Ken Blaze-USA TODAY Sports

Who Benefits from Browns’ Roster Cuts?

Here are the Cleveland Browns players who benefit the most from the team's latest round of roster cuts, which reduced the ranks to 75 players on Tuesday.

The Cleveland Browns reduced their roster to the league-mandated 75 players on Tuesday, with some cuts coming as a surprise and others more of the expected nature. Either way, the reduction of Cleveland’s roster by 15 players opens up opportunities for others to step up in the team’s final preseason game on Thursday and make cases for themselves to be worthy of a spot on the 53-man roster. Here are the players who benefit most from this first wave of roster cuts.

DL Danny Shelton, Jamie Meder

Why: Browns Cut Phil Taylor, Ishmaa’ily Kitchen

It was clear that Danny Shelton was going to eventually replace incumbent nose tackle Phil Taylor at some point, but it did come as a surprise that it happened so quickly, especially with Taylor’s fifth-year option already picked up. But Taylor is out, and the Browns are now on the hook for his fully-guaranteed $5.477 million salary this year.

Why cut Taylor now? The defensive line is one of the Browns’ deepest position groups and Taylor has never really lived up to his first-round draft pedigree, with injuries marring his career. The fact that Taylor, per head coach Mike Pettine, is still not yet 100 percent healed from last year’s ACL tear likely influenced this decision. 

But Shelton’s development this summer—Pettine has likened it to guard Joel Bitonio’s from a year ago—had a major influence on this decision. Not only did the Browns feel comfortable enough with Shelton to release Taylor, they also released Taylor’s former backup, Ishmaa'ily Kitchen. And that means more opportunities for other defensive linemen lower on the depth chart.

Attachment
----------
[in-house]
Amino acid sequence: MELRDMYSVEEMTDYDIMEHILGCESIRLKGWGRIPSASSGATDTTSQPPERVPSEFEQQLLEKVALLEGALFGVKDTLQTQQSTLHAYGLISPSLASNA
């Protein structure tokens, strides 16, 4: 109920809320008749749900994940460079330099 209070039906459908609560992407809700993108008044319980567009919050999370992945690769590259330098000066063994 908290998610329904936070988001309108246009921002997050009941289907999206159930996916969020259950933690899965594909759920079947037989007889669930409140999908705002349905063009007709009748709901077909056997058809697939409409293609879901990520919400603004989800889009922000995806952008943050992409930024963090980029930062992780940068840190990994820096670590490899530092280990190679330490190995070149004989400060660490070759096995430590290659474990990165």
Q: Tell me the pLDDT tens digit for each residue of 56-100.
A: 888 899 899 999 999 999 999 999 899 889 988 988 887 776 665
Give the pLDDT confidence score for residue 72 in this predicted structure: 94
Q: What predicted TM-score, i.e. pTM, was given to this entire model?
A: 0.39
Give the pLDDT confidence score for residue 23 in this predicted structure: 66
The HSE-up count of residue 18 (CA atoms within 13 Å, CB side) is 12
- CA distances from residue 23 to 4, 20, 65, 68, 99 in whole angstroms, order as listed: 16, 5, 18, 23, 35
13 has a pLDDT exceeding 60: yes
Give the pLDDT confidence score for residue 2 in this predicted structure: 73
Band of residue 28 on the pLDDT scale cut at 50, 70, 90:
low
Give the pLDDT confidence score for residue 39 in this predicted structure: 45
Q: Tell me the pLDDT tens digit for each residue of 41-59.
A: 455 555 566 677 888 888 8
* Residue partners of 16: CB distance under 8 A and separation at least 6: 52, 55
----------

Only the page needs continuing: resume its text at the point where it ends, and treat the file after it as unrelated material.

After Shelton, Jamie Meder looks like the big beneficiary of Taylor’s and Kitchen’s release. Meder, who can play both defensive end and tackle, appeared in one game for the Browns last year after being signed to the practice squad in November 2014. He’s played 49 snaps this summer, according to Pro Football Focus, and has boasted positive grades in both run defense and the pass-rush, totaling one sack and four quarterback hurries, five tackles and six defensive stops. In fact, Meder is Pro Football Focus’ highest-ranked Browns preseason defender.

These moves, on the surface, make the Browns look thin at defensive tackle. But, the Browns run a multiple defensive front that requires constant rotation. Defensive ends can play tackle and vice versa in this system. And the Browns clearly believe enough in Shelton and Meder to make the pair their new point-men in the middle of the line.

WR Josh Lenz, Darrius Jennings, Terrelle Pryor

Why: Browns Waive Shane Wynn, Claim Eight WRs are Possible

Shane Wynn is the first Browns receiver to see the chopping block, leaving Josh Lenz, Darius Jennings and Terrelle Pryor among the bottom-of-the-roster wide receivers battling for a roster spot. Add into the mix the fact that Pettine said on Tuesday that the Browns could carry as many as eight receivers on the final roster, and these one-time marginal players are now very much in the running to make the team.

So far this preseason, Jennings has caught four of seven passes thrown his way, for 68 yards. Lenz has caught three-of-eight, for 59 yards. Pryor will take the field for the Browns for the first time on Thursday night. Pettine's roster revelation could also result in a spot for drafted rookie Vince Mayle, who has caught three passes on eight targets for 35 yards. But his two drops—and his slow return from his thumb injury—could make him a better candidate for the practice squad.